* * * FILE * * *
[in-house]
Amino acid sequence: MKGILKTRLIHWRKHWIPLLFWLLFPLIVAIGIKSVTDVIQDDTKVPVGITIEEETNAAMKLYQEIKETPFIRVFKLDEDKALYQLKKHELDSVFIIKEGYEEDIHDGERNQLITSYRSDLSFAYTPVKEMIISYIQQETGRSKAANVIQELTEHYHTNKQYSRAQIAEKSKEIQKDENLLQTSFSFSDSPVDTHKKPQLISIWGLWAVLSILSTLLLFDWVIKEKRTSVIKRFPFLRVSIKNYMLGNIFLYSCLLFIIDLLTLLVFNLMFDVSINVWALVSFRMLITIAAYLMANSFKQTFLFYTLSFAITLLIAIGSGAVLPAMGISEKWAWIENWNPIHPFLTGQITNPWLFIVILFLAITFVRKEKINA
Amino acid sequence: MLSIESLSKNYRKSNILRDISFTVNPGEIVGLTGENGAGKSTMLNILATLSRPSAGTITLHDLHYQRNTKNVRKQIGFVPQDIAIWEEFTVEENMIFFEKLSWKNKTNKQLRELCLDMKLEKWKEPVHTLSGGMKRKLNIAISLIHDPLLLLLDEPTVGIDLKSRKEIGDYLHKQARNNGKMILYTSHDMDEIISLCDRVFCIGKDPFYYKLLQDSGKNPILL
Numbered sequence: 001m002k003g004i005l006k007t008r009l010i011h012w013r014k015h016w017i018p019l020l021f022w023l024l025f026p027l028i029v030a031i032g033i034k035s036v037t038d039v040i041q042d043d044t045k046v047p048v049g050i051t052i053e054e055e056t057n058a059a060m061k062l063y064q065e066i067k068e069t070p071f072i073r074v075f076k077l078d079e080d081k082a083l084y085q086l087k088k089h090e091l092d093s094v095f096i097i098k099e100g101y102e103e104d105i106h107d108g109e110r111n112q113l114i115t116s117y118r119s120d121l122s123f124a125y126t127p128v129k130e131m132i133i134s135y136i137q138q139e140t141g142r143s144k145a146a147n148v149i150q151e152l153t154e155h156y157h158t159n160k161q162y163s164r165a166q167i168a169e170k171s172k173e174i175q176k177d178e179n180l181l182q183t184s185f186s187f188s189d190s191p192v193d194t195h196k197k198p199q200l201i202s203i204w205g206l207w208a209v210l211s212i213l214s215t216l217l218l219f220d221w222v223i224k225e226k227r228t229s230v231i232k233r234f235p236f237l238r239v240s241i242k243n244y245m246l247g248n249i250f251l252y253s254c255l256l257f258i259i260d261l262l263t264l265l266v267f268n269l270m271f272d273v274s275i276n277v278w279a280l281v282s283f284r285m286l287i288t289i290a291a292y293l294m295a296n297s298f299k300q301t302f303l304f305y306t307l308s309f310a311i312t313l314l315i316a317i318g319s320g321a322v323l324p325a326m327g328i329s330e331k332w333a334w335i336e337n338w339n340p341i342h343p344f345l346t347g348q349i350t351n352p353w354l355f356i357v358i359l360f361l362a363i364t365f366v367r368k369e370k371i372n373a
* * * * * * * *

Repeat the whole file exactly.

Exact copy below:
[in-house]
Amino acid sequence: MKGILKTRLIHWRKHWIPLLFWLLFPLIVAIGIKSVTDVIQDDTKVPVGITIEEETNAAMKLYQEIKETPFIRVFKLDEDKALYQLKKHELDSVFIIKEGYEEDIHDGERNQLITSYRSDLSFAYTPVKEMIISYIQQETGRSKAANVIQELTEHYHTNKQYSRAQIAEKSKEIQKDENLLQTSFSFSDSPVDTHKKPQLISIWGLWAVLSILSTLLLFDWVIKEKRTSVIKRFPFLRVSIKNYMLGNIFLYSCLLFIIDLLTLLVFNLMFDVSINVWALVSFRMLITIAAYLMANSFKQTFLFYTLSFAITLLIAIGSGAVLPAMGISEKWAWIENWNPIHPFLTGQITNPWLFIVILFLAITFVRKEKINA
Amino acid sequence: MLSIESLSKNYRKSNILRDISFTVNPGEIVGLTGENGAGKSTMLNILATLSRPSAGTITLHDLHYQRNTKNVRKQIGFVPQDIAIWEEFTVEENMIFFEKLSWKNKTNKQLRELCLDMKLEKWKEPVHTLSGGMKRKLNIAISLIHDPLLLLLDEPTVGIDLKSRKEIGDYLHKQARNNGKMILYTSHDMDEIISLCDRVFCIGKDPFYYKLLQDSGKNPILL
Numbered sequence: 001m002k003g004i005l006k007t008r009l010i011h012w013r014k015h016w017i018p019l020l021f022w023l024l025f026p027l028i029v030a031i032g033i034k035s036v037t038d039v040i041q042d043d044t045k046v047p048v049g050i051t052i053e054e055e056t057n058a059a060m061k062l063y064q065e066i067k068e069t070p071f072i073r074v075f076k077l078d079e080d081k082a083l084y085q086l087k088k089h090e091l092d093s094v095f096i097i098k099e100g101y102e103e104d105i106h107d108g109e110r111n112q113l114i115t116s117y118r119s120d121l122s123f124a125y126t127p128v129k130e131m132i133i134s135y136i137q138q139e140t141g142r143s144k145a146a147n148v149i150q151e152l153t154e155h156y157h158t159n160k161q162y163s164r165a166q167i168a169e170k171s172k173e174i175q176k177d178e179n180l181l182q183t184s185f186s187f188s189d190s191p192v193d194t195h196k197k198p199q200l201i202s203i204w205g206l207w208a209v210l211s212i213l214s215t216l217l218l219f220d221w222v223i224k225e226k227r228t229s230v231i232k233r234f235p236f237l238r239v240s241i242k243n244y245m246l247g248n249i250f251l252y253s254c255l256l257f258i259i260d261l262l263t264l265l266v267f268n269l270m271f272d273v274s275i276n277v278w279a280l281v282s283f284r285m286l287i288t289i290a291a292y293l294m295a296n297s298f299k300q301t302f303l304f305y306t307l308s309f310a311i312t313l314l315i316a317i318g319s320g321a322v323l324p325a326m327g328i329s330e331k332w333a334w335i336e337n338w339n340p341i342h343p344f345l346t347g348q349i350t351n352p353w354l355f356i357v358i359l360f361l362a363i364t365f366v367r368k369e370k371i372n373a